My Rapporteur Experience – East of England Global Health Conference

By Siana Brealey, In-office Volunteer, CGHP

In this blog, Siana reflects on her experience as a rapporteur for the East of England Global Health Conference.

Siana is a student at Hills Road Sixth Form College, Cambridge. She is keen to study Medicine, and has a developing interest in global health sparked by an international background and time spent living in central Asia and southern Africa. 

Over the past few months, I have been helping with communications at CGHP, and have really loved it, so I was delighted when I was asked if I could help rapporteur for the East of England Global Health Conference. The conference had a special focus on Collaboration for Impact, clearly very important in these crazy times! It was fascinating to hear from so many inspirational health professionals, to gain an insight into all their roles and the changes in approaches in the last year or so. But, also to hear their views on the importance of collaboration and partnerships. Although I was furiously typing the majority of the time to capture all the content and discussions, I learnt so much.

Many speakers touched on successful partnerships needing a strong focus on individuals with local level implementation at their core and spoke of the need to shift away from one-directional, and enterprise-like partnerships towards more equitable and meaningful partnerships. I think creating a really strong foundation with frequent communication can ensure that this happens and then the partnership is able expand to a local, national and then international level.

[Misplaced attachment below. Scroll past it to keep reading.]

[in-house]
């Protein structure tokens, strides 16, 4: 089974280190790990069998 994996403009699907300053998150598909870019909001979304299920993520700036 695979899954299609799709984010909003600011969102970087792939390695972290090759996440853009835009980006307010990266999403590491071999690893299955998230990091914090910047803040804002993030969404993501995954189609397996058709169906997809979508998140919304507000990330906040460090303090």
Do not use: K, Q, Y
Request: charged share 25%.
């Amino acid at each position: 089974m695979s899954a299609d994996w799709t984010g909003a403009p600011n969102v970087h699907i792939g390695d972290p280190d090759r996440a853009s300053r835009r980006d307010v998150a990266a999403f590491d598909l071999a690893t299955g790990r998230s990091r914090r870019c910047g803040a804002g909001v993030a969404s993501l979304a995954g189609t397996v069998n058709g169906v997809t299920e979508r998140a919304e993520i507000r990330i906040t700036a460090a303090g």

Leading on from this, creating a genuine friendship is vital, not an episodic process that only happens when visiting. Thanks to social media, Zoom, and many other platforms that have become so useful during the pandemic, we have realised quite how amazing they can be, and looking into the future, definitely something that can be used more often.

I was surprised to hear about the positive and sometimes unexpected impacts of the COVID-19 pandemic as well, all over the globe. What I really liked was how it has shown that seemingly small practices such as hand hygiene are so vital and with good training and understanding of something so simple, such a huge difference can be made. Issues that before were maybe not seen as fundamental, have become centre stage, and many are realising how we need to draw on all the aspects of healthcare for a coordinated, effective approach.

I hope that looking ahead we will incorporate collaboration and trust into partnerships and as the Swahili word ‘harambee’ says, “all pull together” because that is when we can really learn from each other and work in true partnership.

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